By Katie Harris
I’ve developed a new relationship with air quality this summer. Looking at a national newspaper’s online map every few days, I watch the Canadian wildfire smoke waft back and forth, covering New York and then Chicago, drifting down to settle in our Blue Ridge Mountains. I check the numbers on Wunderground. I think I can feel the particles as I breathe on top of Cedar Rock on a Code Orange day, but it’s just a psychological trick.
I’ve also developed a new appreciation for wildland fighters, and how different contexts (thousands of forested acreage devoid of humans in Quebec versus a state forest in the heart of a residential community, for instance) call for different strategies.
Dupont State Forest engages in controlled (or prescribed) burning at set times during the year when a fire will not pose a threat. Those lucky enough to live here in the spring may remember a certain week when competing burns occurred in Pisgah National Forest and Dupont State Forest. A string of perfect weather days made chokingly uncomfortable.
But there is a benefit to these prescribed fires, accordingto Assistant Forest Supervisor Mike Santucci. “Fire has been a historical part of the ecological system, and a necessary natural process to maintain the health and resiliency of the forests on DuPont.” No fire means less diversity of species as well, including wildlife.
By now, American foresters have learned lessons the hard way when it comes to fire suppression, particularly out West. In the late 1800s, Yosemite’s Board of Commissioners condemned the periodic burning practices of indigenous peoples; John Muir wrote that fire was the “arch destroyer of our forests, and sequoia forests suffer most of all.” Always confident, that John Muir. But sequoia seeds rely on fire, and indigenous practices are becoming more and more respected when it comes to land stewardship.
Our western culture is slowly learning to let the ecosystem function in the way it has evolved to function. But this process is complicated by the presence of humans. Wildfire damages homes; sometimes it claims lives. People would prefer to avoid fire at all costs, much like their Yosemite-managing predecessors, but now we know that a history of controlled burning actually mitigates wildfire damage when a fire does get out of control.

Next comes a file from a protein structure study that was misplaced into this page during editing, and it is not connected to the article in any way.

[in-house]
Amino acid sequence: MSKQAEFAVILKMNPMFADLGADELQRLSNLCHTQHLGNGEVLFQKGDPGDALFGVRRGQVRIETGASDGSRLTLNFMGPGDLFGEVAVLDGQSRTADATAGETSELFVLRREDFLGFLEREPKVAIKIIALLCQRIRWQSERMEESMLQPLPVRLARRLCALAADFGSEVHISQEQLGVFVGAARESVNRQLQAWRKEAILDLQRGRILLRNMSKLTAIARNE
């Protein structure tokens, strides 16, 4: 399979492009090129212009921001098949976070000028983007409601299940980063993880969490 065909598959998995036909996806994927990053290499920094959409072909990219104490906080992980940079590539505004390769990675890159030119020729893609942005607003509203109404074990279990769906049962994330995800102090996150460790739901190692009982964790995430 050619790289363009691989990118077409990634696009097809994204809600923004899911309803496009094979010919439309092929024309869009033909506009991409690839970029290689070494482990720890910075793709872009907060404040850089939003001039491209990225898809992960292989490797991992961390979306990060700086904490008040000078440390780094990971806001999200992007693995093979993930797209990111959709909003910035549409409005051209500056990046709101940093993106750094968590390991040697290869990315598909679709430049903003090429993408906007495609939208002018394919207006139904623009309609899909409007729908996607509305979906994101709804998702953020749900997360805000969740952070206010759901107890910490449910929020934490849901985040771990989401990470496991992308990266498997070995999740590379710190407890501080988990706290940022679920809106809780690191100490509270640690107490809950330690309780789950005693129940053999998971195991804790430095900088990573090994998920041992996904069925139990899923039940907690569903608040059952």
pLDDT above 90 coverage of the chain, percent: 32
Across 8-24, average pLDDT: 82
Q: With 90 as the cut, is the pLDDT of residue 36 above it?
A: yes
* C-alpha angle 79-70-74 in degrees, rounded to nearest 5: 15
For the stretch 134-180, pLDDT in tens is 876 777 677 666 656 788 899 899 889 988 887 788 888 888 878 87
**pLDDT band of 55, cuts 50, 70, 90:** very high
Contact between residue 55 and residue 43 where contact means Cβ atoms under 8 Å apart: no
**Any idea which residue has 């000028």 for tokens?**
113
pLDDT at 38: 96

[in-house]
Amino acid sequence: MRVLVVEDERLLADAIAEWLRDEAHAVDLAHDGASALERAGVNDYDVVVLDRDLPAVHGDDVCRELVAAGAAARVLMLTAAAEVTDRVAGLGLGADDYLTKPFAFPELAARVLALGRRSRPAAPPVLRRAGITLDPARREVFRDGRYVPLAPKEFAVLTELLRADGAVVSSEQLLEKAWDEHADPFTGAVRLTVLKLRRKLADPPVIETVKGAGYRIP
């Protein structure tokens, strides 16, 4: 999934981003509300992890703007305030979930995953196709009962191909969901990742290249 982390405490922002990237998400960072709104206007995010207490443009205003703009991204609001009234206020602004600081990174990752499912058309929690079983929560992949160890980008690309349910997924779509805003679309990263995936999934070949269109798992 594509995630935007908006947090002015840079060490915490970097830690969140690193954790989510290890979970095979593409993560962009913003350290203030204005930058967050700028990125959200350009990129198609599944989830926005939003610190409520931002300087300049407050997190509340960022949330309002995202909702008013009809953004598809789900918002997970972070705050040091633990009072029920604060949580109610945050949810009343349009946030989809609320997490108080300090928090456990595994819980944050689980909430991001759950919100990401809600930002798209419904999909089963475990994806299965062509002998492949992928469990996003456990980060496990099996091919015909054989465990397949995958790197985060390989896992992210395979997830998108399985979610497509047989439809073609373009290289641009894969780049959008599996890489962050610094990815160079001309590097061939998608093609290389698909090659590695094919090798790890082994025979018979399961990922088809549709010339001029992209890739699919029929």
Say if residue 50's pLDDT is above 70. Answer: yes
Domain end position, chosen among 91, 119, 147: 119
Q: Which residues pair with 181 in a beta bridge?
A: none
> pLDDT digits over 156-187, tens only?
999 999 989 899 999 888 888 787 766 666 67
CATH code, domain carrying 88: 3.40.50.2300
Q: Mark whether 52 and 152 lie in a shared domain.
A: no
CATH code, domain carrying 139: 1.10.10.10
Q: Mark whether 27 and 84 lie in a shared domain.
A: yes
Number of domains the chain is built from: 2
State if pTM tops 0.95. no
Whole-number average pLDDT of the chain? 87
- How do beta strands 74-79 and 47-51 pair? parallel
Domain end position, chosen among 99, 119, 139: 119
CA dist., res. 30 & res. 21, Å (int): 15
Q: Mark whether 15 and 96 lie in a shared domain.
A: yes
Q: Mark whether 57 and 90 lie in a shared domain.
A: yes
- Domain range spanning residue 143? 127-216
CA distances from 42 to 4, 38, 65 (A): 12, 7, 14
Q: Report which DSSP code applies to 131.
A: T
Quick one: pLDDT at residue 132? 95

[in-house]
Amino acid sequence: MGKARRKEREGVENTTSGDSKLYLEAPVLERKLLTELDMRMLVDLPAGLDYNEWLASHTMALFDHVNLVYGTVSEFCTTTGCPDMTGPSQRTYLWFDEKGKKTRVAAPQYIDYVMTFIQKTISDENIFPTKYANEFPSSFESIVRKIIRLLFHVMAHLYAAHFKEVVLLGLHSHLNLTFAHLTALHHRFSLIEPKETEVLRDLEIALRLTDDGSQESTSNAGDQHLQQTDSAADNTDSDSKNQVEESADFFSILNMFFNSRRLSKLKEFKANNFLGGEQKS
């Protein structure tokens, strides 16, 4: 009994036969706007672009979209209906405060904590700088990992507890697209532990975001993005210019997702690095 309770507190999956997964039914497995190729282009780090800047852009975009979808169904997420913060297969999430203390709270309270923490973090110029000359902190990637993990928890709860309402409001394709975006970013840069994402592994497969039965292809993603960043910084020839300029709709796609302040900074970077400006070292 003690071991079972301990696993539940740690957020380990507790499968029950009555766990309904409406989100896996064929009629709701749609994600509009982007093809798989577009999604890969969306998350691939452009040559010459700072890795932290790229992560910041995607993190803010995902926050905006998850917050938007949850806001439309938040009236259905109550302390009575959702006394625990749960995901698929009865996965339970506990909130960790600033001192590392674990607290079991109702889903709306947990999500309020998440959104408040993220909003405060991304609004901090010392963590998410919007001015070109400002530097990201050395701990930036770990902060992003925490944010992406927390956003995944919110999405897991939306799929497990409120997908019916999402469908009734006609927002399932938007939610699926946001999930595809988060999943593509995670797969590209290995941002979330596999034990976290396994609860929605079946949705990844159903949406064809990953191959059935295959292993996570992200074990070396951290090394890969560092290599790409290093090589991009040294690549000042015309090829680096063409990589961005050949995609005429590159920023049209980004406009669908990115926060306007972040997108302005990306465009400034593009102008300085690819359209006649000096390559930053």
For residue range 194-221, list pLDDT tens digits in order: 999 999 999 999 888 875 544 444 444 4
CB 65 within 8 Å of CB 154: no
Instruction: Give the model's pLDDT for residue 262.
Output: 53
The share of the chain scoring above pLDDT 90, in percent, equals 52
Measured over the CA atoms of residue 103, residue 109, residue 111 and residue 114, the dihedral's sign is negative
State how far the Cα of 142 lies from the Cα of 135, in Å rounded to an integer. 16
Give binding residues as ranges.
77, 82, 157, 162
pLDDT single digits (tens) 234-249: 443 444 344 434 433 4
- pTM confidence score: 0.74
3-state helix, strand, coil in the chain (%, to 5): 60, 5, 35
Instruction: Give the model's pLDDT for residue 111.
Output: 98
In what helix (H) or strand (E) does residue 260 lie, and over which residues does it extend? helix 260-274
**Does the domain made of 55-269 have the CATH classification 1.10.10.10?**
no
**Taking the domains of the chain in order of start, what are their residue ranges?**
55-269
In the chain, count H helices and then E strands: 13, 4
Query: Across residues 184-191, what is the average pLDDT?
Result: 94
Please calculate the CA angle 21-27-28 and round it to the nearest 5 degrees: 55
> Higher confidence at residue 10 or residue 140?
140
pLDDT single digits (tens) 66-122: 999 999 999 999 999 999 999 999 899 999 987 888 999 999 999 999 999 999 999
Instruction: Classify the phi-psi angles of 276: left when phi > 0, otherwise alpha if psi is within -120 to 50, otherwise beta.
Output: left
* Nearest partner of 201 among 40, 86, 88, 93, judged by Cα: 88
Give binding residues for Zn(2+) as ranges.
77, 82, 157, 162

“Increased fuel loads created by decades of fire suppression create conditions for more catastrophic wildfires when they do occur,” says ecologist Joe Lovenshimer. The concept is dramatically illustrated in the photograph below, taken after Oregon’s Bootleg Fire in 2021.
If you’ve ever had the chance to visit an area after a broadcast controlled burn, there is a visible payoff to forest health. It reminds me of how my hair feels after a good trim. See the way wild blueberries thrive after the rhododendron and mountain laurel have been cleared out a bit. A hillside of ferns instead of a nondescript slant of bramble. Heightened contours on the grain of charred trunks.
Historically, the land thrived with frequent, low to moderate intensity fire across the landscape. “That is what we are trying to mimic on DuPont,” shares Santucci. This type of fire is different, of course, from the high intensity wildfires that have recently swept across California and Oregon, damaging hundreds of homes and scarring the land.
The controlled fires in Dupont help sustain “open forests and woodlands with savanna-type understories, pine-oak heaths, and even more closed oak-hickory forests, to name a few.” No animals are harmed, and some species especially thrive, such as the Table Mountain pine (pinus pungens). This particular tree, native to the Appalachian Mountains, requires fire for the cones to open and the seeds to fall on the ground. Controlled burning brings age diversity to the forest as well, mimicking the natural process of the forest replacing itself as it ages and older trees die from pests, blowdown, disease, and potentially wildfire.
Returning to my memory of the smoke-filled week last spring, I asked Mike Santucci when to expect these controlled burns.
“There are two distinct ‘burning’ seasons: fall and spring.” The fall season typically runs from early November to mid-December, and the spring runs mid-March til late April. “That said,” Mike shares, “the thing to keep in mind is that not every day during the burning season is available for us to burn. We are looking for ‘windows’ with very specific temperatures, humidities, and wind speeds and direction that will allow us to control the intensity of the fire.”
I also asked if Dupont State Forest ever coordinated with Pisgah National Forest on specific burns, taking turns perhaps. Mike shared that the two agencies do not coordinate on specific burns, but they do occasionally share resources with each other. “Generally speaking, if burning conditions are good for DuPont, they are good elsewhere around the area and there can be a scarcity of resources.”
He went on to share that Dupont has coordinated and collaborated with several partner agencies in the past, such as Southern Blue Ridge Fire Learning Network and the Forest Stewards Guild. Of interest, the Forest Stewards Guild provides “Learn-and-Burn” opportunities for landowners and others interested in how fire is applied appropriately. They observe a live prescribed burn “in action.” If anyone in Friends of Dupont Forest is interested in a practical prescribed burning learning opportunity, they should contact Dakota Wagner at The Forest Stewards Guild.
In closing, expect to see prescribed burning in Dupont during the fall and spring seasons, but know that the inconvenience of a closed trail or smoky afternoon ensures a thriving, diverse, and more resilient forest for years to come.